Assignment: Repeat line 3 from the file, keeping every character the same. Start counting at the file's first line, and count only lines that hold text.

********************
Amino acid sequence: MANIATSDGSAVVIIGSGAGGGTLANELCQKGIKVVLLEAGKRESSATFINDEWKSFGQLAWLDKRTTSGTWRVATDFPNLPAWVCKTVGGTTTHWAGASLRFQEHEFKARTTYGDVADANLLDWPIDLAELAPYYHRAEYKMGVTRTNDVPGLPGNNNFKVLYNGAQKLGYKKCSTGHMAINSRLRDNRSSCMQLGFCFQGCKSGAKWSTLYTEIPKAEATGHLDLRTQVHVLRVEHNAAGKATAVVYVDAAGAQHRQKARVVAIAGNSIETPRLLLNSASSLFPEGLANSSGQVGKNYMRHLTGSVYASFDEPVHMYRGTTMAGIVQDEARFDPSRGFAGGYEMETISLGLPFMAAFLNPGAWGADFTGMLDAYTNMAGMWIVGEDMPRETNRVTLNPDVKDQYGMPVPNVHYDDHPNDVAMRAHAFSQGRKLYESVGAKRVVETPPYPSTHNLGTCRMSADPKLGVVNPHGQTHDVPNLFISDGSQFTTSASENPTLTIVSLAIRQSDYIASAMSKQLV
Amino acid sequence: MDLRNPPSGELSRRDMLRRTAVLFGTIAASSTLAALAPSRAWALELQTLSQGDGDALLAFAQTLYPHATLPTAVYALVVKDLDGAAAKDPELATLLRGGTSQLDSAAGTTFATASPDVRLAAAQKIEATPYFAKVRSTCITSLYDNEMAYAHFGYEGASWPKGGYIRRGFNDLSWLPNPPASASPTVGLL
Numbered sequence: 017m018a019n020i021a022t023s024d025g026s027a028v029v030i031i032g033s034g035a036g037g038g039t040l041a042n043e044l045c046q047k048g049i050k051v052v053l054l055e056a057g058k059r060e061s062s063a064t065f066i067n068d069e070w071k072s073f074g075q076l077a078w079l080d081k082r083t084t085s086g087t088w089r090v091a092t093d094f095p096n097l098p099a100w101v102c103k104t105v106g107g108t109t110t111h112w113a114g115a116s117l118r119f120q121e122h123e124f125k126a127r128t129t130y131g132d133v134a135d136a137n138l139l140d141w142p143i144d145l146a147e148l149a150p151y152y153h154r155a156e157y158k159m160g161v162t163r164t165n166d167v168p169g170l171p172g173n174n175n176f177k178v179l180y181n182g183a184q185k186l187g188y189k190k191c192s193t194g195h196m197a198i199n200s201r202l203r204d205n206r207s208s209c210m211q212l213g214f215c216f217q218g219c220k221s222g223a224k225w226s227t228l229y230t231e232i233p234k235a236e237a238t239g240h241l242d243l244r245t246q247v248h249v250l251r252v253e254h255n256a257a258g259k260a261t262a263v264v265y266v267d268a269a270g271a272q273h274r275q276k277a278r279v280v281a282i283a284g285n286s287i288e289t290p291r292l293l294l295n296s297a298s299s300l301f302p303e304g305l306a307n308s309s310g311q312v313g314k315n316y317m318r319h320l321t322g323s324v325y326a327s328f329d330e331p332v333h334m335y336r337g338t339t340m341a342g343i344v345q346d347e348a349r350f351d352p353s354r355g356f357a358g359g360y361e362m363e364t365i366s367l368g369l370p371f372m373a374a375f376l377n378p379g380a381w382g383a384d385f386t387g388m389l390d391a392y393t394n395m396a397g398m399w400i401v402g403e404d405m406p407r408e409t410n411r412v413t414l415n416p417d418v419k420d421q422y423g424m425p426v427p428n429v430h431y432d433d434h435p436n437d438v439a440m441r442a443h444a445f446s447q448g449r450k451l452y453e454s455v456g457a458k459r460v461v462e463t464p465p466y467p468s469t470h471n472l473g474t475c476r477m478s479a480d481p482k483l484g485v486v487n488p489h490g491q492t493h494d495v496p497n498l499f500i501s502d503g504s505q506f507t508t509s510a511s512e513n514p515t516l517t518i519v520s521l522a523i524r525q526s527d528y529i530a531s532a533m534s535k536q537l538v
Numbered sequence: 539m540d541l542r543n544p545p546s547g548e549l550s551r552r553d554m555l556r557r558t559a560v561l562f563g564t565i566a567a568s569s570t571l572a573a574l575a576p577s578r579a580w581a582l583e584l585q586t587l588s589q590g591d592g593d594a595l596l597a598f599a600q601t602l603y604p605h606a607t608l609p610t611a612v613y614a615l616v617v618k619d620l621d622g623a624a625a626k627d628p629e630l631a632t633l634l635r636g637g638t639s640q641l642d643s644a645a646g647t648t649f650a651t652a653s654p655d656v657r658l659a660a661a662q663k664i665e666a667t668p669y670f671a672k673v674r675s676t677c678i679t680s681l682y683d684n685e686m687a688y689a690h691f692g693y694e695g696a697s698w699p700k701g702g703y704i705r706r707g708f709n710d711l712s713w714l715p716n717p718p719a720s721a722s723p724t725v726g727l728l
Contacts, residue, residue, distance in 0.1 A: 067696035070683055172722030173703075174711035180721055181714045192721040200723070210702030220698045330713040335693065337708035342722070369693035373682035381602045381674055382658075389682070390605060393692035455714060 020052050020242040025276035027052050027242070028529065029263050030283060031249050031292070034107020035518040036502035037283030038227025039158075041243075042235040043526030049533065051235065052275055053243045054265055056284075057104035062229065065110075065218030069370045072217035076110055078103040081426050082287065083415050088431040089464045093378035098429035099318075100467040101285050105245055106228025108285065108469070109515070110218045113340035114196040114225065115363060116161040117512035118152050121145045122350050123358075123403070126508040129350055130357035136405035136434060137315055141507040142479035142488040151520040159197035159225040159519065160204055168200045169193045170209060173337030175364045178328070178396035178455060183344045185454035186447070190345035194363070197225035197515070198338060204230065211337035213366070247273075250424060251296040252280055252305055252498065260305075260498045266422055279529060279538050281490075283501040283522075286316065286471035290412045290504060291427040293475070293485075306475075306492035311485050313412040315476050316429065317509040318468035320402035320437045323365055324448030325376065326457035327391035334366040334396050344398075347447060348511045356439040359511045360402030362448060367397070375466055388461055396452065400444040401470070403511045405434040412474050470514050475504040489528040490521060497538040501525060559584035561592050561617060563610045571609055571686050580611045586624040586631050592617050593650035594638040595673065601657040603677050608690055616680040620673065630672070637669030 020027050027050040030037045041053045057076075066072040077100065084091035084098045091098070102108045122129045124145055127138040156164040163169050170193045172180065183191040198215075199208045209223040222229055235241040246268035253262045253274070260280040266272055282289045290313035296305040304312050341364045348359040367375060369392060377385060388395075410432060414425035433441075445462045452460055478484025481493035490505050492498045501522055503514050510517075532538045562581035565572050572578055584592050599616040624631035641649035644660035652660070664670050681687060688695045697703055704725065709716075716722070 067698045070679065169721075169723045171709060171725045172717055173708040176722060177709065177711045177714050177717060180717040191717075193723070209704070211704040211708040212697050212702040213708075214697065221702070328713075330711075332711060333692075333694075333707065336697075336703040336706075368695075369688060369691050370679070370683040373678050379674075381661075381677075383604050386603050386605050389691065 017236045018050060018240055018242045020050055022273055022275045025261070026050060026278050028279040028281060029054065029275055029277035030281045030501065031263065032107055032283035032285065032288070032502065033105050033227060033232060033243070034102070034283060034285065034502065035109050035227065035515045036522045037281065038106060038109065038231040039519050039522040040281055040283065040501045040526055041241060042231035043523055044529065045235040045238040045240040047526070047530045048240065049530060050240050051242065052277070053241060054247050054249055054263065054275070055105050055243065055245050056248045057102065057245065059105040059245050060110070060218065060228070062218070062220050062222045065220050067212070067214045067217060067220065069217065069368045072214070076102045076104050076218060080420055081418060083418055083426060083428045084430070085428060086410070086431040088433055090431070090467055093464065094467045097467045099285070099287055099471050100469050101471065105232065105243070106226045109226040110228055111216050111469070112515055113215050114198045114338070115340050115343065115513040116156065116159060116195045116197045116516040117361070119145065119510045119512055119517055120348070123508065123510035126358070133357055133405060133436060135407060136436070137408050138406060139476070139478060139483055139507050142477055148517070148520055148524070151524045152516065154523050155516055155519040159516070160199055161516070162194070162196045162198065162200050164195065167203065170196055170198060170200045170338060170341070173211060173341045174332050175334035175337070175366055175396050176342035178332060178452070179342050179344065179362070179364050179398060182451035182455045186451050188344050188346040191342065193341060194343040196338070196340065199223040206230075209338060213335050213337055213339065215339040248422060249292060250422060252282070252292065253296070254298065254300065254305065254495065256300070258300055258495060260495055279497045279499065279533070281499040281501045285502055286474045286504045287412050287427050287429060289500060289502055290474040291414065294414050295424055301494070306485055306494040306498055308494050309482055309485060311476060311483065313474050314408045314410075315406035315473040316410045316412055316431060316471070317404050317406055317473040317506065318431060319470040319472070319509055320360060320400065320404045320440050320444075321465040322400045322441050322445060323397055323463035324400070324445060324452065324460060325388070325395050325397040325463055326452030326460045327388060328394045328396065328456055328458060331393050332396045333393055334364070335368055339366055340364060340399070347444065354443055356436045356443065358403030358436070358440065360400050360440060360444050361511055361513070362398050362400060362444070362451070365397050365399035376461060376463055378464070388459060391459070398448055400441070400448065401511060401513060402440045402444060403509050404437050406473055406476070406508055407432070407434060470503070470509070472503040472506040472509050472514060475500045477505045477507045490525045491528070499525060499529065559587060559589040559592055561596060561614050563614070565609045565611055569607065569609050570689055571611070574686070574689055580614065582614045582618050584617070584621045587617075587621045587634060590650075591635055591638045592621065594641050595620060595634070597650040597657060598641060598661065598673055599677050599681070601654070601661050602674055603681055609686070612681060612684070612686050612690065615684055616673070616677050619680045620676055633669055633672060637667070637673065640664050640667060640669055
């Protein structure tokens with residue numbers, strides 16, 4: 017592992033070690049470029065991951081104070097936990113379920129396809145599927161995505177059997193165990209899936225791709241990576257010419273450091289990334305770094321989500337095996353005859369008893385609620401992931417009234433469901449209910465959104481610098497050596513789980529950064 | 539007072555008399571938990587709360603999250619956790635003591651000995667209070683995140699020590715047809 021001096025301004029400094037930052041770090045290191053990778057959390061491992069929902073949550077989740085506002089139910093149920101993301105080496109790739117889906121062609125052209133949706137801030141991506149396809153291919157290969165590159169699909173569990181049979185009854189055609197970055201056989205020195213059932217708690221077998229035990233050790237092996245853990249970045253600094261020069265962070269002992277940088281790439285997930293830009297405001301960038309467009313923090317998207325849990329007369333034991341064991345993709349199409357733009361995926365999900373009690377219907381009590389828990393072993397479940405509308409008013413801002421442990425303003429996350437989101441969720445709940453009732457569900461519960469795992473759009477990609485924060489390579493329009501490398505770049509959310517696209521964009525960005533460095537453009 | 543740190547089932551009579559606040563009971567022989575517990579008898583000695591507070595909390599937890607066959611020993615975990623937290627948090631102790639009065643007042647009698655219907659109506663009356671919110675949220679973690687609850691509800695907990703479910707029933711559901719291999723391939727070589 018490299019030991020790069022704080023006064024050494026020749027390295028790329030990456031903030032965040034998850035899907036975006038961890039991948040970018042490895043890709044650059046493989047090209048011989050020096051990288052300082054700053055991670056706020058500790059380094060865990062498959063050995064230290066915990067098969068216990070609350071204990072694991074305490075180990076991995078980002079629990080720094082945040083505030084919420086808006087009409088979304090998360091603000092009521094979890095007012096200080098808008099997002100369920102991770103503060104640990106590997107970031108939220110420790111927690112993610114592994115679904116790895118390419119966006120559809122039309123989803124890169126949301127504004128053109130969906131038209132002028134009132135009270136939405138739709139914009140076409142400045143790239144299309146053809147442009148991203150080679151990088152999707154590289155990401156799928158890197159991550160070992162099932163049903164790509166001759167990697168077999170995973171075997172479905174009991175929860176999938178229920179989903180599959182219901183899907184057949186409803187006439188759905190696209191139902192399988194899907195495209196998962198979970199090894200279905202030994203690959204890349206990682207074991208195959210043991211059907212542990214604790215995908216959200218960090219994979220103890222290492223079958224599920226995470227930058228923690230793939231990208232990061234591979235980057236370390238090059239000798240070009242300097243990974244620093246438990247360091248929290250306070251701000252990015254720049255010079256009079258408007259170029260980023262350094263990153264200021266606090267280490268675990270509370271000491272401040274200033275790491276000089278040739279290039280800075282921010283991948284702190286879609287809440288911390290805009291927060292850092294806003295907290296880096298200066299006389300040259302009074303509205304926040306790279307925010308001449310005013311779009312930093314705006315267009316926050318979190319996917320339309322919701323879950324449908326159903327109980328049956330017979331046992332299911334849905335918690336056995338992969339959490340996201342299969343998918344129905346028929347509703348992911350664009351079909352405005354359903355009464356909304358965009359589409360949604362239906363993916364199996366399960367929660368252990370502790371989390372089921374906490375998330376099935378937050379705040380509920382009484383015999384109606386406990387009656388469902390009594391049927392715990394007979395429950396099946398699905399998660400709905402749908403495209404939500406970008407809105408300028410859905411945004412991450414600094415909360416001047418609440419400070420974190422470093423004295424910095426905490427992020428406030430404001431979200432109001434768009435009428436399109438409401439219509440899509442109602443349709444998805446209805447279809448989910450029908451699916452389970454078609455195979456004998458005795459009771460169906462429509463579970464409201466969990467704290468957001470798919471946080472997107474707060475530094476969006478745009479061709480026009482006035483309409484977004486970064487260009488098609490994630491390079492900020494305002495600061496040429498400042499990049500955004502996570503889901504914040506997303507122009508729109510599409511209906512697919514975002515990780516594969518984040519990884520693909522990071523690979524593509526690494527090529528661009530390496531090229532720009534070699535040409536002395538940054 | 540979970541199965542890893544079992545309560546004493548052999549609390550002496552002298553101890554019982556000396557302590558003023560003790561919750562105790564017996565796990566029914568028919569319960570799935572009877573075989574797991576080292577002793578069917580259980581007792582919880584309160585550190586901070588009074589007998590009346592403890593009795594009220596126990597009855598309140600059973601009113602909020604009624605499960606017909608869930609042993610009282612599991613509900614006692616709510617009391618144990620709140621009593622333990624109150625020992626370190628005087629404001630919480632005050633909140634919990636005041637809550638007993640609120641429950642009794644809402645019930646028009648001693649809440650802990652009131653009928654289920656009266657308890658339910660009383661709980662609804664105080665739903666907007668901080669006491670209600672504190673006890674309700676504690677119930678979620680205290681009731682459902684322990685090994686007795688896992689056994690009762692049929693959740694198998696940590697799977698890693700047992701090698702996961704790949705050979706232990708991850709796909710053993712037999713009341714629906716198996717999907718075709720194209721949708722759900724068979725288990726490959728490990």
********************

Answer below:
Numbered sequence: 017m018a019n020i021a022t023s024d025g026s027a028v029v030i031i032g033s034g035a036g037g038g039t040l041a042n043e044l045c046q047k048g049i050k051v052v053l054l055e056a057g058k059r060e061s062s063a064t065f066i067n068d069e070w071k072s073f074g075q076l077a078w079l080d081k082r083t084t085s086g087t088w089r090v091a092t093d094f095p096n097l098p099a100w101v102c103k104t105v106g107g108t109t110t111h112w113a114g115a116s117l118r119f120q121e122h123e124f125k126a127r128t129t130y131g132d133v134a135d136a137n138l139l140d141w142p143i144d145l146a147e148l149a150p151y152y153h154r155a156e157y158k159m160g161v162t163r164t165n166d167v168p169g170l171p172g173n174n175n176f177k178v179l180y181n182g183a184q185k186l187g188y189k190k191c192s193t194g195h196m197a198i199n200s201r202l203r204d205n206r207s208s209c210m211q212l213g214f215c216f217q218g219c220k221s222g223a224k225w226s227t228l229y230t231e232i233p234k235a236e237a238t239g240h241l242d243l244r245t246q247v248h249v250l251r252v253e254h255n256a257a258g259k260a261t262a263v264v265y266v267d268a269a270g271a272q273h274r275q276k277a278r279v280v281a282i283a284g285n286s287i288e289t290p291r292l293l294l295n296s297a298s299s300l301f302p303e304g305l306a307n308s309s310g311q312v313g314k315n316y317m318r319h320l321t322g323s324v325y326a327s328f329d330e331p332v333h334m335y336r337g338t339t340m341a342g343i344v345q346d347e348a349r350f351d352p353s354r355g356f357a358g359g360y361e362m363e364t365i366s367l368g369l370p371f372m373a374a375f376l377n378p379g380a381w382g383a384d385f386t387g388m389l390d391a392y393t394n395m396a397g398m399w400i401v402g403e404d405m406p407r408e409t410n411r412v413t414l415n416p417d418v419k420d421q422y423g424m425p426v427p428n429v430h431y432d433d434h435p436n437d438v439a440m441r442a443h444a445f446s447q448g449r450k451l452y453e454s455v456g457a458k459r460v461v462e463t464p465p466y467p468s469t470h471n472l473g474t475c476r477m478s479a480d481p482k483l484g485v486v487n488p489h490g491q492t493h494d495v496p497n498l499f500i501s502d503g504s505q506f507t508t509s510a511s512e513n514p515t516l517t518i519v520s521l522a523i524r525q526s527d528y529i530a531s532a533m534s535k536q537l538v